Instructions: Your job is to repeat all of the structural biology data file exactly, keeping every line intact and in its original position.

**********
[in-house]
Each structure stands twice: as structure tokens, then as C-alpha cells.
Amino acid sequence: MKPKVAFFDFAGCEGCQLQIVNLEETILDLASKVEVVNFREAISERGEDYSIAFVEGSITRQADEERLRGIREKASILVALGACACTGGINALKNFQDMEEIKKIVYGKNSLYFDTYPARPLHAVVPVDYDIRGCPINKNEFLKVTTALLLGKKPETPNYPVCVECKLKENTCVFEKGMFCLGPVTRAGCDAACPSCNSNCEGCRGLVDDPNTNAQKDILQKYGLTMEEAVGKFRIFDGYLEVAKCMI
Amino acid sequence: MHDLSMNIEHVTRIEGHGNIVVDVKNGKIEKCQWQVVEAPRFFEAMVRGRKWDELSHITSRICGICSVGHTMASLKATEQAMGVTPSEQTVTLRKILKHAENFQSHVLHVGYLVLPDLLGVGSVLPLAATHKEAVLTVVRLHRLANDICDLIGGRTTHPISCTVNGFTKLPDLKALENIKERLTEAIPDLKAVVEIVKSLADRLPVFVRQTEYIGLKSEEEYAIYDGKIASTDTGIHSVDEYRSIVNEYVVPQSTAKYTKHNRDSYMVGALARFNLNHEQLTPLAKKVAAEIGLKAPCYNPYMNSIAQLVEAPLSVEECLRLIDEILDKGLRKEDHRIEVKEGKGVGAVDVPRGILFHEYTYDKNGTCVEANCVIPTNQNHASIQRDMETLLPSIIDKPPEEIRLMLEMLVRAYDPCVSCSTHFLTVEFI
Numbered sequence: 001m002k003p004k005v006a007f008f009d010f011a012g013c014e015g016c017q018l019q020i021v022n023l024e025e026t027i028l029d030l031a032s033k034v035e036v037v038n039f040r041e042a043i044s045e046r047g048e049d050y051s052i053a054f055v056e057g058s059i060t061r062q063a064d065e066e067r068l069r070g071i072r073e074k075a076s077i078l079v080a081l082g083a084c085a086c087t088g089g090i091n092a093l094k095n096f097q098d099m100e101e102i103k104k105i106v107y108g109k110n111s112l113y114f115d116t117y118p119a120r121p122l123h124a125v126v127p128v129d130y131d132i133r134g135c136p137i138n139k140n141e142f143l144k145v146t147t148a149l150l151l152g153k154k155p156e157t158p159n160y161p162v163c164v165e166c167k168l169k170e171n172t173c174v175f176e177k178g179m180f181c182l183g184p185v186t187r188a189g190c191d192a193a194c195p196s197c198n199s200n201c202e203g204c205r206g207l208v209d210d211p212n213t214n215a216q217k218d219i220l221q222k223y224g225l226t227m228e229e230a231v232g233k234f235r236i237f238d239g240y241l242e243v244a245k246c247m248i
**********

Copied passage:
[in-house]
Each structure stands twice: as structure tokens, then as C-alpha cells.
Amino acid sequence: MKPKVAFFDFAGCEGCQLQIVNLEETILDLASKVEVVNFREAISERGEDYSIAFVEGSITRQADEERLRGIREKASILVALGACACTGGINALKNFQDMEEIKKIVYGKNSLYFDTYPARPLHAVVPVDYDIRGCPINKNEFLKVTTALLLGKKPETPNYPVCVECKLKENTCVFEKGMFCLGPVTRAGCDAACPSCNSNCEGCRGLVDDPNTNAQKDILQKYGLTMEEAVGKFRIFDGYLEVAKCMI
Amino acid sequence: MHDLSMNIEHVTRIEGHGNIVVDVKNGKIEKCQWQVVEAPRFFEAMVRGRKWDELSHITSRICGICSVGHTMASLKATEQAMGVTPSEQTVTLRKILKHAENFQSHVLHVGYLVLPDLLGVGSVLPLAATHKEAVLTVVRLHRLANDICDLIGGRTTHPISCTVNGFTKLPDLKALENIKERLTEAIPDLKAVVEIVKSLADRLPVFVRQTEYIGLKSEEEYAIYDGKIASTDTGIHSVDEYRSIVNEYVVPQSTAKYTKHNRDSYMVGALARFNLNHEQLTPLAKKVAAEIGLKAPCYNPYMNSIAQLVEAPLSVEECLRLIDEILDKGLRKEDHRIEVKEGKGVGAVDVPRGILFHEYTYDKNGTCVEANCVIPTNQNHASIQRDMETLLPSIIDKPPEEIRLMLEMLVRAYDPCVSCSTHFLTVEFI
Numbered sequence: 001m002k003p004k005v006a007f008f009d010f011a012g013c014e015g016c017q018l019q020i021v022n023l024e025e026t027i028l029d030l031a032s033k034v035e036v037v038n039f040r041e042a043i044s045e046r047g048e049d050y051s052i053a054f055v056e057g058s059i060t061r062q063a064d065e066e067r068l069r070g071i072r073e074k075a076s077i078l079v080a081l082g083a084c085a086c087t088g089g090i091n092a093l094k095n096f097q098d099m100e101e102i103k104k105i106v107y108g109k110n111s112l113y114f115d116t117y118p119a120r121p122l123h124a125v126v127p128v129d130y131d132i133r134g135c136p137i138n139k140n141e142f143l144k145v146t147t148a149l150l151l152g153k154k155p156e157t158p159n160y161p162v163c164v165e166c167k168l169k170e171n172t173c174v175f176e177k178g179m180f181c182l183g184p185v186t187r188a189g190c191d192a193a194c195p196s197c198n199s200n201c202e203g204c205r206g207l208v209d210d211p212n213t214n215a216q217k218d219i220l221q222k223y224g225l226t227m228e229e230a231v232g233k234f235r236i237f238d239g240y241l242e243v244a245k246c247m248i